While Joe will be greatly missed, Commissioner Buerkle has really scored a coup by enticing CPSC veteran Gib Mullan back to the agency.  Gib served as general counsel, director of compliance and was detailed to Customs when the agency was setting up its Import Surveillance Division—in other words, he has seen it all.  When he was at the agency, he was known for his deep intellect, his creativity in solving problems and his honesty—he understood the need to speak the truth even when those in power did not necessarily want to hear it. While no one can “replace” Joe, kudos to Commissioner Buerkle for bringing on such an asset as Gib Mullan.

Wanted: Corporate Psychic

§This past week the CPSC voted to publish for public comment a notice of proposed rulemaking to amend long-standing regulations (16 CFR 1101) dealing with psychic-readerinformation disclosure under §6(b) of the Consumer Product Safety Act. The stated rationale for the NPR is to “modernize” regulations written in 1983, and which, by most accounts, have been working well.  Given the opaque nature of the discussion around this NPR, a Ouija board may be a helpful tool as you read through this NPR.

The §6(b) proposed rule is a continuation of the apparent on-going effort of the Commission altering the collaborative partnership that, over many years,  resulted in successful results for consumers—altering it to one that is both more formalistic, rigid and in my view, less protective of consumers.  This effort includes mandating intrusive compliance programs in inappropriate settings, changing the voluntary recall process to add delay and rigidity among other things, and now, proposing to erode important information disclosure protections mandated by Congress and that form the basis for much of the success of the fast track recall program among other things.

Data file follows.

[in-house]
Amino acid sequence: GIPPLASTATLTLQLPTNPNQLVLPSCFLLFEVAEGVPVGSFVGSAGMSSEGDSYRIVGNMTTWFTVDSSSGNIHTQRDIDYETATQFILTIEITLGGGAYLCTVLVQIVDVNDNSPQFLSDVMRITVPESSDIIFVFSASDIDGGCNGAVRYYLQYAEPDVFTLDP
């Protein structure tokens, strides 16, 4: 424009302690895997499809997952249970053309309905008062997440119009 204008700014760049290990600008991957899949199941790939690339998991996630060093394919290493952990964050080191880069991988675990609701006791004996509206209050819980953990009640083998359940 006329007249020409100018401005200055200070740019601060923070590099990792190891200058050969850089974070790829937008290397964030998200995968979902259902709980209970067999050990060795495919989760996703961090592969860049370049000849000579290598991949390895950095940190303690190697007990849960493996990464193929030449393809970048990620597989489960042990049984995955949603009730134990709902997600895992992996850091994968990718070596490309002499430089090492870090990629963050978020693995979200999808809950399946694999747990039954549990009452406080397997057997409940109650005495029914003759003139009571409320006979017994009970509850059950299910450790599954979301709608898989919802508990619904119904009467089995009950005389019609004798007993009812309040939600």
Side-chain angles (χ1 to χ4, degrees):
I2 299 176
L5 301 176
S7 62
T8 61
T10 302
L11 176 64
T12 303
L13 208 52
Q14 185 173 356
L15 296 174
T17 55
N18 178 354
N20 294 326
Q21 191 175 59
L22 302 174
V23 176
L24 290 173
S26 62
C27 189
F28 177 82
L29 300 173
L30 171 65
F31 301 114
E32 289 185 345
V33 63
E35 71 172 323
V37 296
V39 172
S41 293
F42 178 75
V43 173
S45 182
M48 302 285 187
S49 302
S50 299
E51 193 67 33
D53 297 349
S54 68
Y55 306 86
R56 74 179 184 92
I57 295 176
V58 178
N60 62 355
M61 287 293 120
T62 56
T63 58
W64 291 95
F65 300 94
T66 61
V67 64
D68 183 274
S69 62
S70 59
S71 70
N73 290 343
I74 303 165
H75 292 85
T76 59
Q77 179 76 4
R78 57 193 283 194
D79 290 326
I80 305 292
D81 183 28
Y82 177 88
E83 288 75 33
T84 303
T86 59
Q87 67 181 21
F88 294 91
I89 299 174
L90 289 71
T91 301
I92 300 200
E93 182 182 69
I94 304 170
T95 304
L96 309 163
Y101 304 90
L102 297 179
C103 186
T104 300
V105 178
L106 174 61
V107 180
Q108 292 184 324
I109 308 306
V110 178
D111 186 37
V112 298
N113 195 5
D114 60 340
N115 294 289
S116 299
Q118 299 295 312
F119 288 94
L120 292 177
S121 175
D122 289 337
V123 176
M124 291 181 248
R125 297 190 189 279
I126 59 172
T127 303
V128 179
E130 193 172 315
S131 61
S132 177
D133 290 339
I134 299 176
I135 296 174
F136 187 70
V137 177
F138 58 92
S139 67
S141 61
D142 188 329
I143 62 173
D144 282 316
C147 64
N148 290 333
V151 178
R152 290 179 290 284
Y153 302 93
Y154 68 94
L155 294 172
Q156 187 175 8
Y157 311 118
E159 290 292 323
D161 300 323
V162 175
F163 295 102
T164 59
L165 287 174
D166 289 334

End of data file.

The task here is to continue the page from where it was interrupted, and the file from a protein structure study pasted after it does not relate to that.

Whether the agency has statutory authority to proceed as proposed is questionable but from the stand point of good public policy, there is no question that the agency seems set on a course that could change the balance that has been the hallmark of its success.

To quickly summarize, §6(b) of the statute, with accompanying regulations, states that before the agency can release information it obtains about a product that identifies a manufacturer or private labeler, it must take certain steps to assure that the disclosure is fair and accurate.  The regulations, written in 1983, seem to be working well except that they do not contemplate electronic communications (something that can be easily rectified).  Further, in its briefing to the Commissioners, the staff did not identify in specific terms how the changes would improve efficiencies.  Instead viewers of the briefing were treated to general statements, speculative scenarios and threats to go into executive session so the public could not benefit from the agency reasoning that provided the basis for the proposed rule.

The proposed rule makes a number of changes to the 1983 regulations that go well beyond “modernizing” those rules.  Taken as a whole, the proposal changes the emphasis from the agency having the proactive obligation to act in a careful and deliberate manner.  Instead information–perhaps in response to that pulled from the internet or from the latest (and generally flawed) toxic product hit list or perhaps stale information where context has changed–can go out the door and, only if the company has a psychic on staff, will it know the release is coming or be able to object. But even more important, this seems like an effort to minimize work for the agency without thought to whether consumers get better information or companies must correct inaccurate innuendos.   

The NPR will soon be available in the Federal Register for comment.  Stakeholders who care about this latest attempt to dilute the deliberate balance Congress struck in the Consumer Product Safety Act should read this proposal carefully and give the agency your views.